Emma Runswick, MHS Undergraduate Rep
Emma Runswick is a 2nd Year Medicine student. She’s also one of two Undergraduate Faculty Officers for the faculty of Medical and Human Sciences (MHS), who are elected each September for the academic year and represent all students within their faculty.
“I stood for election because enough people asked me to do it”
Emma was already active within the Students’ Union, having been part of the ‘Save Our NHS’ campaign, as well as campaigning for some of the exec officers to be elected. It was only when the previous year’s faculty reps, as well as exec officers and peers, told her she would make a great faculty rep that she decided it what something she’d like to do.
“The biggest skill I’ve developed is effective time management”
‘Posh email skills’ are listed among the skills Emma feels she’s developed through her role as a faculty officer, but she also says time management is a massive part of her role. Fitting everything in – the school meetings, meetings with the SU, and meeting with course reps – is challenging, but is a challenge she’s learned to meet.
“During the elections, I did a lot of campaigning as I wanted people to care.”
What’s great about being a rep for Emma is the ‘mandate you’re given to represent those who voted for you’. The secret behind Emma’s success is the very essence of what being a rep is about: listening to the issues your peers are experiencing. She says: ‘I went out and talked to people. And I’m positive that those who voted for me were people I’d talked to about my policies directly’.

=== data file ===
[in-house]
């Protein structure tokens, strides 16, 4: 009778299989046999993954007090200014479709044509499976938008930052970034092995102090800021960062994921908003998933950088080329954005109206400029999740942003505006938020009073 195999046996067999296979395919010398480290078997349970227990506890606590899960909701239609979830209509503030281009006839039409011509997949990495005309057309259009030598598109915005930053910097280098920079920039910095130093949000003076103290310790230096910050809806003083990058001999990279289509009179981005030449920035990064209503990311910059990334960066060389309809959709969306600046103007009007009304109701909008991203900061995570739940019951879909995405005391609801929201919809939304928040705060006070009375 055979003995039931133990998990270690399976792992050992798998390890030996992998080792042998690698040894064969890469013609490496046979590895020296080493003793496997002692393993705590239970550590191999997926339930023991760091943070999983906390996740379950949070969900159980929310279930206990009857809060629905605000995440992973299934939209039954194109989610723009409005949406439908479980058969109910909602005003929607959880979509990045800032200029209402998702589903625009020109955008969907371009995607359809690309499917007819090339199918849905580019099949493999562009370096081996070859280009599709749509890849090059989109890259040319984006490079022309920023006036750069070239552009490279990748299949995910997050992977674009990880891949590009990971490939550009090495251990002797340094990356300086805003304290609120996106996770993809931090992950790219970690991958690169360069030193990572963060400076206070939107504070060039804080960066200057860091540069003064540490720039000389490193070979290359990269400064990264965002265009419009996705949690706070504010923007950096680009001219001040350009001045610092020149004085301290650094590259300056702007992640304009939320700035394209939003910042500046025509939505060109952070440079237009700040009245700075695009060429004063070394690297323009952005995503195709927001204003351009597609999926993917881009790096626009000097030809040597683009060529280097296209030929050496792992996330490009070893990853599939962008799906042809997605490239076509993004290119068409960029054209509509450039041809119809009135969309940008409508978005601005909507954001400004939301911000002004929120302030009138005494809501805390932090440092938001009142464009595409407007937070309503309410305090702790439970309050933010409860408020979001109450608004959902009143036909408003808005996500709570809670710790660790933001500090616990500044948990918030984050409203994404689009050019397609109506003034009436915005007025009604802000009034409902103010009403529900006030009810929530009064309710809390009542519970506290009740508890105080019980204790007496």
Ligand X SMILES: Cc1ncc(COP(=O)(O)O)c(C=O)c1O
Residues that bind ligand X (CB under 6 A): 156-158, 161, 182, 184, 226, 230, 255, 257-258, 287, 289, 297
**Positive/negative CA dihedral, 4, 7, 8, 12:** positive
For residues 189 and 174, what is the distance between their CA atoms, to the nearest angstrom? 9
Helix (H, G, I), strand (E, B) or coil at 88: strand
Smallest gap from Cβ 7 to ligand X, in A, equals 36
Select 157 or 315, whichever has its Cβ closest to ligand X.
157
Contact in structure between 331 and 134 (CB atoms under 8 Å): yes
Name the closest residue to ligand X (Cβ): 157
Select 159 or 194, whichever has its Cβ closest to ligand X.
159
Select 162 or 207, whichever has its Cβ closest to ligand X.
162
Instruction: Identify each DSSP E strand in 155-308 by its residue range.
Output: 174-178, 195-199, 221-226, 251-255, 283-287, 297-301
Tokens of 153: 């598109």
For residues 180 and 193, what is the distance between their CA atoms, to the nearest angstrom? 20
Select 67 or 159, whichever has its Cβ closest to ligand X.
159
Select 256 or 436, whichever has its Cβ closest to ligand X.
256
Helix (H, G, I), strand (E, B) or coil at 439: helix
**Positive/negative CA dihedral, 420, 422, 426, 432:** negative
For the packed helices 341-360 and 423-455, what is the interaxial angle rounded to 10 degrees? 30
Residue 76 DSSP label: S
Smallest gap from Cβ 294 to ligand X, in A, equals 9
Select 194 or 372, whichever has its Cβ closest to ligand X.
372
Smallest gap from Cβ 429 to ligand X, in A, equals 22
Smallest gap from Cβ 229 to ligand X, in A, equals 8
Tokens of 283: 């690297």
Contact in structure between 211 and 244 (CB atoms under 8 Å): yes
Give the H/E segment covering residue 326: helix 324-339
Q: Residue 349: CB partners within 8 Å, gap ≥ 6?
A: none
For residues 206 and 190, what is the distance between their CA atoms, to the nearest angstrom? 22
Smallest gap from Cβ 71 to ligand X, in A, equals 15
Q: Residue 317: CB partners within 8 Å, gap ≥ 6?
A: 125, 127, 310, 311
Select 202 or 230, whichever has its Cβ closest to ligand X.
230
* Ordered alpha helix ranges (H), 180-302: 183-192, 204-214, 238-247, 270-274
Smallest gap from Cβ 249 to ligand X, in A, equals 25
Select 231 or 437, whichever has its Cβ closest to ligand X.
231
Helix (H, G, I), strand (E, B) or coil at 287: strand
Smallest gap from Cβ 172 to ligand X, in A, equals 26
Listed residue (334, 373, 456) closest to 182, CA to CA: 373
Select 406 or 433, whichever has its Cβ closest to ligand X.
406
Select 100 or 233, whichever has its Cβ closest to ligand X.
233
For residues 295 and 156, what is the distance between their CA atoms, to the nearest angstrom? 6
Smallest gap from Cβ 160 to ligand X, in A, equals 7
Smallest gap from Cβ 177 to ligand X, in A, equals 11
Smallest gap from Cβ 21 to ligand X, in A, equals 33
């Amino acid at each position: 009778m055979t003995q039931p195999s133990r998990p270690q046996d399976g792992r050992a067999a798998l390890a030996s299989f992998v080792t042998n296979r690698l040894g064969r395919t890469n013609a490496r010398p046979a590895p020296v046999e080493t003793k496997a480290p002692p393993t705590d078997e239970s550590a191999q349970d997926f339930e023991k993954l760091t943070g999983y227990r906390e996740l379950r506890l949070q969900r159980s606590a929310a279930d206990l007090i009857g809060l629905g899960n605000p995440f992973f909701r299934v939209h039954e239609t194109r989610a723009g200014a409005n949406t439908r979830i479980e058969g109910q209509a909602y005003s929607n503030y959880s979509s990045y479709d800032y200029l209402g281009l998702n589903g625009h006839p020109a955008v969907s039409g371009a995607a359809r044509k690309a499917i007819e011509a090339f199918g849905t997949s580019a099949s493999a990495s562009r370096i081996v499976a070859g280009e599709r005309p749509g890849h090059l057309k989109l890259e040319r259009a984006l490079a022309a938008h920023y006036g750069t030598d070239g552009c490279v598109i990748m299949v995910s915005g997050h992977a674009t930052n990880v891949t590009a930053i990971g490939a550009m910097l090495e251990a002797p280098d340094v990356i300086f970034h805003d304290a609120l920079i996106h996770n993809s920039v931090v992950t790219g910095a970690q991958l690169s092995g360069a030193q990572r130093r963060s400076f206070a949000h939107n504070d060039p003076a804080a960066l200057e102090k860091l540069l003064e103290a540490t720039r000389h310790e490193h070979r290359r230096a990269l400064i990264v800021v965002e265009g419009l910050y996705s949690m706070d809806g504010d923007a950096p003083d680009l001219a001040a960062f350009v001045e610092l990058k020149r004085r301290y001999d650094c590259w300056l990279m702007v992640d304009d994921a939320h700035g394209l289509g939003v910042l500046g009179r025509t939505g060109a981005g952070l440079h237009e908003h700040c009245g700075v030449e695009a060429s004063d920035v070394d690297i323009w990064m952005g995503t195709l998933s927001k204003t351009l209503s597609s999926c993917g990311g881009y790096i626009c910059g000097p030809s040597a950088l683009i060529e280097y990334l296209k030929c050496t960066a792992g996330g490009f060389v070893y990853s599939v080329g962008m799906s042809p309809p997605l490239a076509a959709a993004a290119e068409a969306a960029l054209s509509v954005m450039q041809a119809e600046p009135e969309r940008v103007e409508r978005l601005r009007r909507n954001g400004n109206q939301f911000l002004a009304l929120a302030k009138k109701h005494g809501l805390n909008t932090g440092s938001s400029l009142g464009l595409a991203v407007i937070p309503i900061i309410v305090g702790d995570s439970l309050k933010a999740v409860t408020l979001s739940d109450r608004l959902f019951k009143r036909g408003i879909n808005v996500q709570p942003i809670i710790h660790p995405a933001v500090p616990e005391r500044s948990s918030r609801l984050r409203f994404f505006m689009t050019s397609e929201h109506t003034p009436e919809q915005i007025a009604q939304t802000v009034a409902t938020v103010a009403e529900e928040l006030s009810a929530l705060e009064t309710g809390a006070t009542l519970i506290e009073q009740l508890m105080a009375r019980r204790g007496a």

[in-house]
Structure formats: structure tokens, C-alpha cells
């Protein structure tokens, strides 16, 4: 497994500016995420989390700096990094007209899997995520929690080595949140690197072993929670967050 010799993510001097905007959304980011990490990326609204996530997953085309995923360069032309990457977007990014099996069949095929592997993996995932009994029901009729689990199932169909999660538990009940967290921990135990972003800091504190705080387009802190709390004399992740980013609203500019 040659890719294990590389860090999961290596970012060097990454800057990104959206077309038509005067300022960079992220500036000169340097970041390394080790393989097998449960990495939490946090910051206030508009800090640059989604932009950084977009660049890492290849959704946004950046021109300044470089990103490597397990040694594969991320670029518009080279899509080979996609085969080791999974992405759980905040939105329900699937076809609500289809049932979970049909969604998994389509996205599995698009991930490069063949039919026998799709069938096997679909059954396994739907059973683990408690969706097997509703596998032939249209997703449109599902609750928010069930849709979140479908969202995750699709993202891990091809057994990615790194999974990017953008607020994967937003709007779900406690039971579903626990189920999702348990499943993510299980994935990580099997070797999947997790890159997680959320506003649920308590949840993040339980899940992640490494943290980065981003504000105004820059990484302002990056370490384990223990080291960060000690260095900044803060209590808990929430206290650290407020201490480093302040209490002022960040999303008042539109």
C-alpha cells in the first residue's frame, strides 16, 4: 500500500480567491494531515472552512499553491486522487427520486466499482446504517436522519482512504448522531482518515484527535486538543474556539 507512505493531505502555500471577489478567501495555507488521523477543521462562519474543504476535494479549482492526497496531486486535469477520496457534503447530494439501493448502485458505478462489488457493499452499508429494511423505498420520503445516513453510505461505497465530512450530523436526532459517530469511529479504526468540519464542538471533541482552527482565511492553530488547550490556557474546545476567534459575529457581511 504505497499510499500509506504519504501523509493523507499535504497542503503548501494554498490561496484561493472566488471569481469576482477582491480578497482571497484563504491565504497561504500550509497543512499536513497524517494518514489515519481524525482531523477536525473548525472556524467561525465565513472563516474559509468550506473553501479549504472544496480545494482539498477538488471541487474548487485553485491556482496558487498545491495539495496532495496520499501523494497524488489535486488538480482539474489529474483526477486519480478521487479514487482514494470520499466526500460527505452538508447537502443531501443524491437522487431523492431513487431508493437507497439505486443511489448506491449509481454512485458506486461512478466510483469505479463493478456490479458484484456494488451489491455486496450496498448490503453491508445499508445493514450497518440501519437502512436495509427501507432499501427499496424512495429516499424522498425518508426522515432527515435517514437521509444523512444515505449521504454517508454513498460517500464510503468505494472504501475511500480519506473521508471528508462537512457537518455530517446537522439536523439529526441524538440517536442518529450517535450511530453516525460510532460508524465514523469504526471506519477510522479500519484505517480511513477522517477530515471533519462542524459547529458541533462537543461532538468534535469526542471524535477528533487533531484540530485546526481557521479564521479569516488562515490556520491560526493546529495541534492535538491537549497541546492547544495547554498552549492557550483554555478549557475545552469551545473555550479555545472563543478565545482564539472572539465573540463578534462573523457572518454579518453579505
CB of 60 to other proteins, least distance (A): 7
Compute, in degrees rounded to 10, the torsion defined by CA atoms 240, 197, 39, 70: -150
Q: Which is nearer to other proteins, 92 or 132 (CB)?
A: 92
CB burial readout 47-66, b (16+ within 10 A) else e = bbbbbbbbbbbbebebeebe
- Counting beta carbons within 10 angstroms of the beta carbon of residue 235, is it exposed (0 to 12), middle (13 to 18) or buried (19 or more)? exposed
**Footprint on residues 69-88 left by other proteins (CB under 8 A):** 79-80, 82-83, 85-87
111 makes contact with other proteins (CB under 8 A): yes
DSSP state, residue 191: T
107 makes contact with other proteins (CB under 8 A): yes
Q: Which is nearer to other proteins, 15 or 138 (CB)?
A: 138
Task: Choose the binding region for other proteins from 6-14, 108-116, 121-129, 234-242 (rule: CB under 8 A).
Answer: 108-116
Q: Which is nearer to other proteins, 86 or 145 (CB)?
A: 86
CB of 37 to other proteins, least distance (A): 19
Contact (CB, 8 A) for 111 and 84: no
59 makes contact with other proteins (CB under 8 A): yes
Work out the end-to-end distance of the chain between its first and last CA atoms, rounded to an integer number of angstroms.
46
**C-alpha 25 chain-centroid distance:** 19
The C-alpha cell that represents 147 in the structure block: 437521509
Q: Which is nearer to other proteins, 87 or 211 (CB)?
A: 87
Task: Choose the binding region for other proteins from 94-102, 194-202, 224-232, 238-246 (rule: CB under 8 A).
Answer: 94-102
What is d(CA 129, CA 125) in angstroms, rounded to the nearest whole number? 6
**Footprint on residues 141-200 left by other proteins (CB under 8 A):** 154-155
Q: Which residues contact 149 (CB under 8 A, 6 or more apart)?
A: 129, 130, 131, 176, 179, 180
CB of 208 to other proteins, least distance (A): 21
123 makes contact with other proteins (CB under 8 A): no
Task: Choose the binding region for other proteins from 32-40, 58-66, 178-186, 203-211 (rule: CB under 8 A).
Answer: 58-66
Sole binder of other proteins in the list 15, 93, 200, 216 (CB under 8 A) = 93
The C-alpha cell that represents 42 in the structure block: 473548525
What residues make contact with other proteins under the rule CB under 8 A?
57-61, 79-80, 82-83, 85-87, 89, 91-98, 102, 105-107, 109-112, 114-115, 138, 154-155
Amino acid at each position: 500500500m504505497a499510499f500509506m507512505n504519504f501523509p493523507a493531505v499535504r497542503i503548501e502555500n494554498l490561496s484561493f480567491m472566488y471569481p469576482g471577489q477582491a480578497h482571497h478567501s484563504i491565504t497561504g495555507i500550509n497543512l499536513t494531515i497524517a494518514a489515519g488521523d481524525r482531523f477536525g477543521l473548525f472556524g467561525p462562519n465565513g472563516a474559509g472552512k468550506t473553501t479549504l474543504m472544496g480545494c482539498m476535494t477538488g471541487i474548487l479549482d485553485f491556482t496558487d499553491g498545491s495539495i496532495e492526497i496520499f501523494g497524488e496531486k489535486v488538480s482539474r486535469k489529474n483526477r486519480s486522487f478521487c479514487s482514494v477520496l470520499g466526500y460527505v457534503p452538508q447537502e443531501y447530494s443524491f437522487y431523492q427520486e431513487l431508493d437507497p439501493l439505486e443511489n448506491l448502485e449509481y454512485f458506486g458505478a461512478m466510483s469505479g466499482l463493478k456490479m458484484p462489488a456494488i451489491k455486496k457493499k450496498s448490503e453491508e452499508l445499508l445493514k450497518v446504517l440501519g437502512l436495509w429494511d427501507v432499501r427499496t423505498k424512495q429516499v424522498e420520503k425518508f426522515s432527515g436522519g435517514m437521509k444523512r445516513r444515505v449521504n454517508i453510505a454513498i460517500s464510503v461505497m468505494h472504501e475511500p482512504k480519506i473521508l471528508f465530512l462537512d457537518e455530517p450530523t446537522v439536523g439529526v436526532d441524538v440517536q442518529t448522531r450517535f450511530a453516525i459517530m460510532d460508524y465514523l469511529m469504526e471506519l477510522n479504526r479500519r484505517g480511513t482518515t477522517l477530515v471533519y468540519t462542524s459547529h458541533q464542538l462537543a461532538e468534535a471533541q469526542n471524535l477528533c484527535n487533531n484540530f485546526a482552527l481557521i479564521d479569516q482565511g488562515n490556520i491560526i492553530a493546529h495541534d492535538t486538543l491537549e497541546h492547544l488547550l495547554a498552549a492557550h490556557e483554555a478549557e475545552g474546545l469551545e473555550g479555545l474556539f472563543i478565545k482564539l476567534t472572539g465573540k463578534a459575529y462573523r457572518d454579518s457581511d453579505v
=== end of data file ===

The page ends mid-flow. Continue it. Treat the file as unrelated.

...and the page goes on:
“I’ve seen some major changes made within the Faculty since I’ve come into post”
Ensuring continuity and action on changes proposed by previous reps is an important part of Emma’s role. One significant change Emma has pushed through can be seen in the addition of LGBTQ issues to the curriculum across all the degree courses in the faculty, which include Medicine, Dentistry, Midwifery and Nursing; a change initially proposed by her predecessor.
“When tackling an issue, it’s all about finding out who controls what and approaching them. Sometimes you need to debate with them or campaign if you need to, but nice and tidy solutions are the best ones!”
Problem solving ability is also something Emma has developed in her role. To resolve issues, Emma gathers evidence to take to Faculty meetings where she advises on the changes that should be made.
She says “Lots of the time, Faculty will accept that those things are correct - so for the curriculum changes, they were reluctant but they did it. You will have the discussion and the outcome will be what students want or something close to what students want (a compromise) and it will happen. Or they’ll disagree with you, and you’ll run a campaign.”
“The reps in my faculty raise an awful lot of issues, good and bad which benefits the student experience of students in my Faculty”
It’s not just negative feedback the rep system produces; the reps raise things that are being done well too! Emma believes identifying what is being done well as well as what can be improved makes a lot of things better, particularly for the years that follow. While students may feel they don’t feel change in their own time, students do benefit later on.
For example, while Emma herself did not get taught on LGBTQ issues in first year, she knows the current first years are and she feels this will definitely enhance their experience.